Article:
We met up for an afternoon long run. Edite and I ran about 11 of my 15 miles together. We started around Holyrood Park and ran around Arthur’s Seat while climbing the tough hill there. Then we made our way down to the beach, where I would have never thought to go on my own. It was a nice mix of scenery. After heading back from the beach, we made our way around another park before we split ways. I finished up with a couple laps around the park to round out my 15 while trying really hard not to shit my pants because my body decided it HAD to 💩 and this was going to be non-negotiable.

Edite and me at the end of our 11 miles together.

Overall, it was a really nice run besides the poop stuff and I was so happy to have a made a new friend for it!

Edinburgh running route

It was a great route!

Food

I think out of all the places on my trip, I had the most places to eat saved in Foursquare for Edinburgh. There were so many restaurants, pubs, and coffee shops I wanted to try.

My breakfast at Hemma.

My first real meal was breakfast at Hemma. It was superb and just what I needed after my hike of Arthur’s Seat. The food was great and so was the atmosphere. For an afternoon snack, I stopped at Shakeaway and got an amazing milkshake to enjoy while walking around the city. I followed that up with tea and a sandwich and scone from Forsythe’s Tea Room. The tea was good, but the food was pretty meh. To be honest, the experience was a little too kitschy old Scottish grandma for me. For dinner, I had a burger and fries from The Holyrood 9A and washed it down with a delicious beer.

This yummy burger from Holyrood 9A.

How cute is this afternoon tea?!

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The next morning, I started my day off with coffee and avocado toast from Brew Lab Coffee.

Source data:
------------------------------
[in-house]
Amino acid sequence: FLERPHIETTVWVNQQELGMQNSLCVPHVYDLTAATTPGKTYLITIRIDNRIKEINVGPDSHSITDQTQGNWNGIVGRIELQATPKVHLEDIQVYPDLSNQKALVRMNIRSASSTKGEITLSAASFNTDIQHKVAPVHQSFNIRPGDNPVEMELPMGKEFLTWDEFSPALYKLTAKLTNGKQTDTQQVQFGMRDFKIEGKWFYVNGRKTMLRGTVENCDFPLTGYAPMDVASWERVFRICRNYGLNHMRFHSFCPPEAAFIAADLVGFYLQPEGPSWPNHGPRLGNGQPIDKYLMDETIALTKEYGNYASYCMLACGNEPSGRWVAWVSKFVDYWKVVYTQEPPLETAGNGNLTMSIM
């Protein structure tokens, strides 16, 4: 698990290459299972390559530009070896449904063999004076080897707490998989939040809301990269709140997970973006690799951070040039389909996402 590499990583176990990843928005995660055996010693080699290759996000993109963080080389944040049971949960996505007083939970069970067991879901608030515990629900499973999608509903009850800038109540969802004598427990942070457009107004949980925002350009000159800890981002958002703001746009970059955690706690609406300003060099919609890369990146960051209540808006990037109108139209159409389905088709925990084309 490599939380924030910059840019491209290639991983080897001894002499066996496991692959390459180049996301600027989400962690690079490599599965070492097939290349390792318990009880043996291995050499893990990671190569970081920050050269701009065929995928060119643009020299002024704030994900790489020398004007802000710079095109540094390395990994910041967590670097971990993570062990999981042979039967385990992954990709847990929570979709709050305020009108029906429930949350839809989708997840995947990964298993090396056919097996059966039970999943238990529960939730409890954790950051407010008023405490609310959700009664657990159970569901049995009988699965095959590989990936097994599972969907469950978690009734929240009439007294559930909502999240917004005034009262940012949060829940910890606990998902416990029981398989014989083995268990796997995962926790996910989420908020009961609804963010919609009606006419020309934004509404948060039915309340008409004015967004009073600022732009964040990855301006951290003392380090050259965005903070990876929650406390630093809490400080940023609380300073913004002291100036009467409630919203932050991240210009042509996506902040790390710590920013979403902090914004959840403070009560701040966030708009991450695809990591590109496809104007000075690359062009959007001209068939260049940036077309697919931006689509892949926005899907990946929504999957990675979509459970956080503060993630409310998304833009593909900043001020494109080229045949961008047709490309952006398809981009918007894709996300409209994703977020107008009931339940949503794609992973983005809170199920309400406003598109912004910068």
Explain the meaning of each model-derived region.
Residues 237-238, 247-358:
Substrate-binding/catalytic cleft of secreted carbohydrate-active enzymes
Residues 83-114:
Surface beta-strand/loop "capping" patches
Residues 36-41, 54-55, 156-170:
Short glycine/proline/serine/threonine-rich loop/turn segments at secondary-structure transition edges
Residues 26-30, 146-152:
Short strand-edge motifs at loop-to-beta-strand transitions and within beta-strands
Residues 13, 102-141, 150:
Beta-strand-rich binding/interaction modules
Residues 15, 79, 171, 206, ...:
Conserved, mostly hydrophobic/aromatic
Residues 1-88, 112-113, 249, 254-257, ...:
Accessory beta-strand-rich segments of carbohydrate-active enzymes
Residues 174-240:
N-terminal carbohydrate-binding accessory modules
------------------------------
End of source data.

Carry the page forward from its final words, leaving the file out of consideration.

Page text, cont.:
That evening I did a pub crawl and mostly just had a random sampling of bits of food throughout. The pub crawl was fun, though. I made some new friends and drank a ton of beer. I think we went to six pubs and nightclubs. Each one gave us a free shot and then had drink specials. By the end of the night, I was quite drunk. So much so that I was still drunk when I woke up the next morning for my flight to Berlin. Awesome. LOL.

The crawl started at The Inn on the Mile and then we went to Pilgram Bar, The Whistle Stop Barber Shop, Frankenstein, Sneaky Pete’s, and The Hive. Frankenstein was a bit more wild and crazy than I’m into these days, but the karaoke was at least entertaining to watch. The Hive and Sneaky Pete’s were more like nightclubs which is definitely not my thing, but I still had a good time dancing with my new friends and having some really interesting political conversations with people from all over there place. The Pilgrim Bar and Whistle Stop were both more my speed, though. I’d definitely go back to those places.

My avocado toast from Brew Lab.

A bit drunk at Frankenstein.

Activities

As I mentioned above, hit up a standup show my first night. The show was at Just the Tonic in one of their smaller rooms in the back. It honestly was just a cave, hence its name, The Cave. It was kinda neat though! The ska band I saw right before was at Stramash which is basically next door.

The morning of my first full day in Edinburgh, I slept in much later than planned. This was thanks to my late night. I had planned to run up Arthur’s Seat. However, that plan was made before I actually knew what Arthur’s Seat really was. It’s a very old dormant volcano! I ended up hiking up it instead and, to be honest, I’m glad I didn’t try to run. I don’t think I would have made it. There were some people I saw who did run up, but it was wet from the rain the night before and extremely slippery. Definitely didn’t feel like running would have been safe. Just hiking it felt super sketchy. On my way done, I chatted it up with an older couple. The woman lived in the UK for the last 30 years, but was originally from the US. She ended up being great company for the hike back down. The view from the top was truly beautiful, though! And I was also lucky enough to get up and down just before the crowds started coming out.